Dr Egle Tomasi-Gustafsson | Dr Simone Pacetti – Probing the Proton: Understanding the Structure of Sub-Atomic Particles
About this episode
The world around us is made up of atoms, which we can break down into smaller sub-atomic particles. Protons are positively charged sub-atomic particles – made up of three fundamental particles called ‘quarks’. Quarks are one of the building blocks of matter, and different combinations of them make up different sub-atomic particles. The proton has two ‘up’ quarks and one ‘down’ quark, which have different masses and charges. However, when we add up the masses of these three individual quarks, we get a lighter mass than the mass of a proton. So, what else is contributing to the proton’s mass? Read More
To answer this question, Dr Egle Tomasi-Gustafsson from the University of Paris-Saclay in France and Dr Simone Pacetti from the National Institute of Nuclear Physics in Italy probe the structure of the proton. Through looking at recent experimental results, they are building our knowledge of the dynamics that occur between the components that make up the proton.
In their research, Dr Tomasi-Gustafsson and Dr Pacetti examine data from large-scale particle accelerator experiments. By looking at scattering and annihilation processes, they can learn more about the proton’s so-called FORM FACTORS – observables that describe the electric and magnetic currents inside composite particles – and look at the energy that is transferred throughout the process.
Scattering occurs when an electron and a proton collide in a particle accelerator. By changing the energy of the electron, this in turn changes its wavelength, and allows us to see how the different parts of the proton scatter off the electron.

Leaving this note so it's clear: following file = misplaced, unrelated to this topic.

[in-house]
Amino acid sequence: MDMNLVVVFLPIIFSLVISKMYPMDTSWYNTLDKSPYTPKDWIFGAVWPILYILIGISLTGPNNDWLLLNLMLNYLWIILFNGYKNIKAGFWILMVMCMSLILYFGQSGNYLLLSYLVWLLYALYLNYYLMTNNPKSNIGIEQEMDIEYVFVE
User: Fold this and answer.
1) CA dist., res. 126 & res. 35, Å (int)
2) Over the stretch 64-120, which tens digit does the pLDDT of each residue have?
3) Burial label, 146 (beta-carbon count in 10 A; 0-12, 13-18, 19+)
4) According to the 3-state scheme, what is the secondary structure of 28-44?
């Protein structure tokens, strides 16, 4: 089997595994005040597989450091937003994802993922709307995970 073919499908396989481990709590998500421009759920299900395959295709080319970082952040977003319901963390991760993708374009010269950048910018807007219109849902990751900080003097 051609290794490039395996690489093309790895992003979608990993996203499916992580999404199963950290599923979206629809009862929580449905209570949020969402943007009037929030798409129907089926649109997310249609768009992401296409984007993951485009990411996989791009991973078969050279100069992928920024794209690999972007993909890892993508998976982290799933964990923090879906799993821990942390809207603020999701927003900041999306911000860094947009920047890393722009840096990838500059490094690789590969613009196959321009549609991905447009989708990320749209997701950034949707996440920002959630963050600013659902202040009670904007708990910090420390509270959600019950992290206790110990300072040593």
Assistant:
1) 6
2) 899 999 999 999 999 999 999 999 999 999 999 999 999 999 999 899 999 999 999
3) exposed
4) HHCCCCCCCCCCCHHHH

Annihilation occurs when an electron collides with a positron. The positron is the anti-particle of the electron – it has the same mass as the electron, but opposite charge. Colliding the electron and positron transforms them into a pure energy state of neutral charge.
To explain the changes seen in the energy after scattering or annihilation, Dr Tomasi-Gustafsson and Dr Pacetti consider a ‘quantum vacuum’. In a quantum vacuum, particles and anti-particles can be created. As such, a proton and its antiparticle – the antiproton – can be created. Among the possible final channels, we look to the formation of a proton and antiproton pair.
Through these annihilation and scattering reactions, we see the creation of matter at extremely small time and distance scales, as we see the coexistence of the peculiar quark states that lead to the formation of the proton-antiproton pair. The identical quarks – so for the proton, two up quarks – move away, and one of them is attracted by the third quark of the opposite charge. This two-quark formation is called a diquark. As the system then expands and cools down following the annihilation reaction, the quarks form the proton and antiproton, along with their electric and magnetic properties.
As the proton is a fundamental building block of the atom, increasing our knowledge of its internal structure and dynamics helps us to deepen our understanding of the universe.
Original Article Reference
Summary of the paper ‘Interpretation of recent form factor data in terms of an advanced representation of baryons in space and time’, in Physical Review C, doi.org/10.1103/PhysRevC.106.035203
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